Cash Covered In Bacteria Say Oxford Scientists

More than half of Britons think money is the filthiest item they touch and their fears are founded, according to new research.

On average, European banknotes and coins contain 26,000 bacteria while UK currency has 18,200 bacteria. New currency only has 2,400 bacteria.

Ian Thompson, Professor of Engineering Science at Oxford University, said: "Brits' perceptions of dirty cash are not without reason. The euros we tested harboured an average of 11,000 bacteria, which, for a number of pathogenic organisms, is sufficient for passing on infection.

"Previous studies of bank notes have indicated contamination with potentially harmful bacteria such as Klebsiella and Enterobacter species which can cause disease in humans.

"Increasingly antibiotic resistant strains of bacteria are a threat, a point recently raised by Dame Sally Davies, Chief Medical Officer of England.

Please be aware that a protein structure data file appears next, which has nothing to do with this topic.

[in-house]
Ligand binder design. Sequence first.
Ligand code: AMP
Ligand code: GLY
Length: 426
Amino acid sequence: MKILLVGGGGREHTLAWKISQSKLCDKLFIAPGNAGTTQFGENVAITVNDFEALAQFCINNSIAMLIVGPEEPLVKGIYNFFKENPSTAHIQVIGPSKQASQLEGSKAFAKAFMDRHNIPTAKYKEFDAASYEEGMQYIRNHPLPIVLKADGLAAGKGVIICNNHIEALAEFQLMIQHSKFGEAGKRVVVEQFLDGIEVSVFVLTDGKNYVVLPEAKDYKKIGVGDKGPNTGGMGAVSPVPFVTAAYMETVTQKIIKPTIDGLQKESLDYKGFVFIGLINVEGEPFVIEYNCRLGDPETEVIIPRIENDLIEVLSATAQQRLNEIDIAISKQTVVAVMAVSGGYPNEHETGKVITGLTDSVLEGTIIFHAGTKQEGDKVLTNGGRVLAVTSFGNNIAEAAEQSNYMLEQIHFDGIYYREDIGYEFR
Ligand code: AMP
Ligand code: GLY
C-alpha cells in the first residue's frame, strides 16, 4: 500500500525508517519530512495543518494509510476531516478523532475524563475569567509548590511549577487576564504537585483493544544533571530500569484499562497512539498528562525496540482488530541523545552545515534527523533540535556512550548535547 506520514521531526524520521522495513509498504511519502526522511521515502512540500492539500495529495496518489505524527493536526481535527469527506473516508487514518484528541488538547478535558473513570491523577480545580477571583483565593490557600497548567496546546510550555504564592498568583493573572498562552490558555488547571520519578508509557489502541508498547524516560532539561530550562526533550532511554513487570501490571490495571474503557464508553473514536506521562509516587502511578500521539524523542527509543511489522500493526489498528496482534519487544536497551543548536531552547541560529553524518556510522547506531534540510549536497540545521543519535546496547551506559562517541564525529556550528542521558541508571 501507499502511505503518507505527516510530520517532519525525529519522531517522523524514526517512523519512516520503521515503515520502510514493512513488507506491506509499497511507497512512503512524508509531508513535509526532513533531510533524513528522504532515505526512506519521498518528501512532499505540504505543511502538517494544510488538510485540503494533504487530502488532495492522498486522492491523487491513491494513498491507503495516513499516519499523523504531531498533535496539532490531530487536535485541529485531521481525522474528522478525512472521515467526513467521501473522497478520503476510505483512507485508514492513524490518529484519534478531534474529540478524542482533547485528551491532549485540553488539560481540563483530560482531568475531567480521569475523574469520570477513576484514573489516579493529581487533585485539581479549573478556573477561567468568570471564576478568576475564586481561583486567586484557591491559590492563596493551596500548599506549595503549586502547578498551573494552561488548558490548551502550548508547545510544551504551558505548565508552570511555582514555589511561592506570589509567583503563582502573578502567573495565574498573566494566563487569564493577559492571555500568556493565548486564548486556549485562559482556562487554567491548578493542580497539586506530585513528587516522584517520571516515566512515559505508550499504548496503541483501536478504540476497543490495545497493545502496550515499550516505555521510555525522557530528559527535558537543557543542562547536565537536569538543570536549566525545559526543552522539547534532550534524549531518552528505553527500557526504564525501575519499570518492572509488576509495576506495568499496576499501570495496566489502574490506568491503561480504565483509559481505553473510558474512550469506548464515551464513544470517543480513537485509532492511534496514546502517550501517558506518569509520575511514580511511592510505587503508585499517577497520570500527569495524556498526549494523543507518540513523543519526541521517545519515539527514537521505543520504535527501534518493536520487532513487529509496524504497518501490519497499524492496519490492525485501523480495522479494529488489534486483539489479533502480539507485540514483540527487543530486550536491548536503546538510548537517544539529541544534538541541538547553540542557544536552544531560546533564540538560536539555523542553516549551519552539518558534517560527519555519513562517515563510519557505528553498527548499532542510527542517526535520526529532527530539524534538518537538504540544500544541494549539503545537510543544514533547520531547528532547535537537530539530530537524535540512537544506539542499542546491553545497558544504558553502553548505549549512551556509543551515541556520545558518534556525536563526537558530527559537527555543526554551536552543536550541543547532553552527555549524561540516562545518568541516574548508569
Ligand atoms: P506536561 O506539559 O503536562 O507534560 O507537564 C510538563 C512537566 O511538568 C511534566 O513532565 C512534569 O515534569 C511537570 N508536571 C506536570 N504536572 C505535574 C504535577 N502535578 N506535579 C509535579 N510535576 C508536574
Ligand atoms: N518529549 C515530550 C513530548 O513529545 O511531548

"With banknotes passing between so many individuals there is merit in a wider study tracking the spread of resistant strains through movement of banknotes globally.'"

The dirtiest currency was the Denmark krone which has 40,226 bacteria followed by Sweden's krona with 39,600.

The euro was the cleanest currency with only 11,600 bacteria.

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